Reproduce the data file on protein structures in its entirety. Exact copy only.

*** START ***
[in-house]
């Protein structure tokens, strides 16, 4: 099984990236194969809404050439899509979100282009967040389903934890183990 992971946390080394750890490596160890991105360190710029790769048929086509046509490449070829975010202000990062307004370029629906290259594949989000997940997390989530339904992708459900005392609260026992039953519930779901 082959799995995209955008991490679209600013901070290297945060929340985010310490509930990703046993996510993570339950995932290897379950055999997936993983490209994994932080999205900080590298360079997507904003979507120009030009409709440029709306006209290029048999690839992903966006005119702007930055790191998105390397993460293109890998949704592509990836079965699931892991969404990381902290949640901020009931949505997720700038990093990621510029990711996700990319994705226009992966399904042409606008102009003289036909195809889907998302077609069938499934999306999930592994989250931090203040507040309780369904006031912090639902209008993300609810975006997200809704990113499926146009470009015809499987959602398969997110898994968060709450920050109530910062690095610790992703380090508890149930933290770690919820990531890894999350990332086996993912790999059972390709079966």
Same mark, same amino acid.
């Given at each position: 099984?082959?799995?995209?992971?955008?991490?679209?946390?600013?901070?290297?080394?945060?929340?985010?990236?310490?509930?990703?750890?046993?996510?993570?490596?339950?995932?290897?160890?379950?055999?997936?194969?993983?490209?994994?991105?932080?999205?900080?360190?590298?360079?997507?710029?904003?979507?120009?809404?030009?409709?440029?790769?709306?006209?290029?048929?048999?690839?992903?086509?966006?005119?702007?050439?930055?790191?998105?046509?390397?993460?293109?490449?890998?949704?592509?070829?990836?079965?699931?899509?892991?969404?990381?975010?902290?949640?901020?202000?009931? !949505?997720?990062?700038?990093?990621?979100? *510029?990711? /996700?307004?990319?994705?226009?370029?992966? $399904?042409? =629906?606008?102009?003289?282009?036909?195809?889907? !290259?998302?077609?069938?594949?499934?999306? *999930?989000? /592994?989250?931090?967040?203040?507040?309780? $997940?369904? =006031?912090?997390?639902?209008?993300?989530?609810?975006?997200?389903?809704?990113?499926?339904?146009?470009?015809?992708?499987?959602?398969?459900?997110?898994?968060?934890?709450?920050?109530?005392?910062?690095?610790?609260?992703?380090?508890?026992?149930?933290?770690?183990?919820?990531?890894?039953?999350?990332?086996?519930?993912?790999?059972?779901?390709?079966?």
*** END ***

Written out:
[in-house]
């Protein structure tokens, strides 16, 4: 099984990236194969809404050439899509979100282009967040389903934890183990 992971946390080394750890490596160890991105360190710029790769048929086509046509490449070829975010202000990062307004370029629906290259594949989000997940997390989530339904992708459900005392609260026992039953519930779901 082959799995995209955008991490679209600013901070290297945060929340985010310490509930990703046993996510993570339950995932290897379950055999997936993983490209994994932080999205900080590298360079997507904003979507120009030009409709440029709306006209290029048999690839992903966006005119702007930055790191998105390397993460293109890998949704592509990836079965699931892991969404990381902290949640901020009931949505997720700038990093990621510029990711996700990319994705226009992966399904042409606008102009003289036909195809889907998302077609069938499934999306999930592994989250931090203040507040309780369904006031912090639902209008993300609810975006997200809704990113499926146009470009015809499987959602398969997110898994968060709450920050109530910062690095610790992703380090508890149930933290770690919820990531890894999350990332086996993912790999059972390709079966």
Same mark, same amino acid.
């Given at each position: 099984?082959?799995?995209?992971?955008?991490?679209?946390?600013?901070?290297?080394?945060?929340?985010?990236?310490?509930?990703?750890?046993?996510?993570?490596?339950?995932?290897?160890?379950?055999?997936?194969?993983?490209?994994?991105?932080?999205?900080?360190?590298?360079?997507?710029?904003?979507?120009?809404?030009?409709?440029?790769?709306?006209?290029?048929?048999?690839?992903?086509?966006?005119?702007?050439?930055?790191?998105?046509?390397?993460?293109?490449?890998?949704?592509?070829?990836?079965?699931?899509?892991?969404?990381?975010?902290?949640?901020?202000?009931? !949505?997720?990062?700038?990093?990621?979100? *510029?990711? /996700?307004?990319?994705?226009?370029?992966? $399904?042409? =629906?606008?102009?003289?282009?036909?195809?889907? !290259?998302?077609?069938?594949?499934?999306? *999930?989000? /592994?989250?931090?967040?203040?507040?309780? $997940?369904? =006031?912090?997390?639902?209008?993300?989530?609810?975006?997200?389903?809704?990113?499926?339904?146009?470009?015809?992708?499987?959602?398969?459900?997110?898994?968060?934890?709450?920050?109530?005392?910062?690095?610790?609260?992703?380090?508890?026992?149930?933290?770690?183990?919820?990531?890894?039953?999350?990332?086996?519930?993912?790999?059972?779901?390709?079966?």